For a few days, I was quite annoyed to be working on this new draft. I’d been really hoping to get all the way through a draft before going back to fix things. But then I remembered feeling the same way with The Murano Glass Slipper, after starting a new draft at about the same point. And I remembered not doing that with The Rose and the Mask, and having that “axing tens of thousands of words” thing happen a lot, for three years. And that I really think MGS is a better book than RatM, even though writing it didn’t cause me anywhere near as much grief. And then I thought, hey, maybe this is just the way I write books. And maybe fighting what might be my natural process is a just a good way of creating a lot of stress without creating a lot of book.

So I’m trying to embrace it. I read everything I’d written on the new book and it actually seemed pretty good, which is always a relief, and I’m confident that the changes are making it better. It’s a little tedious, and I’m hoping to be done with the redrafting and back to work on new scenes too, but hopefully doing this will make writing the second half feel as natural and fun as the first half did.

Some new covers

Finally, if you’re a long-time reader, you know that I went through a completely unnecessary number of iterations of the cover for The Rose and the Mask, starting long before it was ready for publication. Well, I’m at it again. I really like the current covers for both books, and I do think the RatM one was at least moderately successful, in that people have said they were drawn to it because the cover was pretty. But they don’t signal genre very clearly – you don’t look at them and immediately think “Oh, it’s this kind of book”. So I wanted to see if a cover that says “buy me if you like fairytale romance!” would help. Here’s what I came up with:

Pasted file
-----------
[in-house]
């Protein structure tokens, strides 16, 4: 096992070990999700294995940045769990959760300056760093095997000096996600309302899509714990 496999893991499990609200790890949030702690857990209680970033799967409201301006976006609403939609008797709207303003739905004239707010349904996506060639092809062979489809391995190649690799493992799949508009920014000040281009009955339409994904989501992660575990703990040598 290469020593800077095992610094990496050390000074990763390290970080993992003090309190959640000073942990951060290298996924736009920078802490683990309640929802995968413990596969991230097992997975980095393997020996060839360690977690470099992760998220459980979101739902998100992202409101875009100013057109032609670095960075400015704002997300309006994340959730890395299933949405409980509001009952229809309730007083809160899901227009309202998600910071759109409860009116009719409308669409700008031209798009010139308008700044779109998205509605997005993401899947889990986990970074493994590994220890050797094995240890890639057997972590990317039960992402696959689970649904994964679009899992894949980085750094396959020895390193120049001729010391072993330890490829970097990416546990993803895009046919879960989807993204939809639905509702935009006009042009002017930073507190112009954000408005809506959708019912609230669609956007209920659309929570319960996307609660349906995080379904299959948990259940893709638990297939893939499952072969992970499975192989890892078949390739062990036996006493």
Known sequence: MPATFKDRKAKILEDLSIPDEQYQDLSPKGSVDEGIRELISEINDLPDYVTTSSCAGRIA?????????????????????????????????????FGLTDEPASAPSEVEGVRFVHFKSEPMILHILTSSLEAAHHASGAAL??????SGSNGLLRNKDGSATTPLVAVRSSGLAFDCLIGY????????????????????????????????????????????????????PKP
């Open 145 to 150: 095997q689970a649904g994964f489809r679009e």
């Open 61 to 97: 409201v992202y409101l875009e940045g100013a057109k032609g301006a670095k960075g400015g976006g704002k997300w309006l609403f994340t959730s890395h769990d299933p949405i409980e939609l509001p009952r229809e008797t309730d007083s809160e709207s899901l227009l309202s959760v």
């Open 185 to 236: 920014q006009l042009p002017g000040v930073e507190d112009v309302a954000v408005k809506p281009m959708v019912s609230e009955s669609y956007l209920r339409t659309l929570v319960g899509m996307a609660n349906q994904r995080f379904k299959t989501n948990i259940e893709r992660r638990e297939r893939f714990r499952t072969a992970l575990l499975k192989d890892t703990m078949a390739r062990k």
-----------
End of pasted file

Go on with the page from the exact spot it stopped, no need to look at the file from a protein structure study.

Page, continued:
a new cover for the rose and the mask. a woman holding a mask stares out at the viewer while embracing a man whose face isn't visible

 

a new cover for the murano glass slipper. A couple dance together under a full moon, staring lovingly into one another's eyes

I’m pretty pleased with them, because they’re much better than anything I’ve been able to do in Photoshop with actual photos before. And I do think they say “romance”.

As for whether they’ve actually helped… I don’t know. Sales were dismal before I changed them (a week or so ago) and they still are, but Amazon has had reporting issues, plus apparently this is a bad time of year for ebook sales (they don’t make good presents) so it’s probably too soon to judge. I’m open to hearing any feedback about them, though! I’ll probably trial them until the end of January or February, and then either change them back or keep them and make paperback covers to match.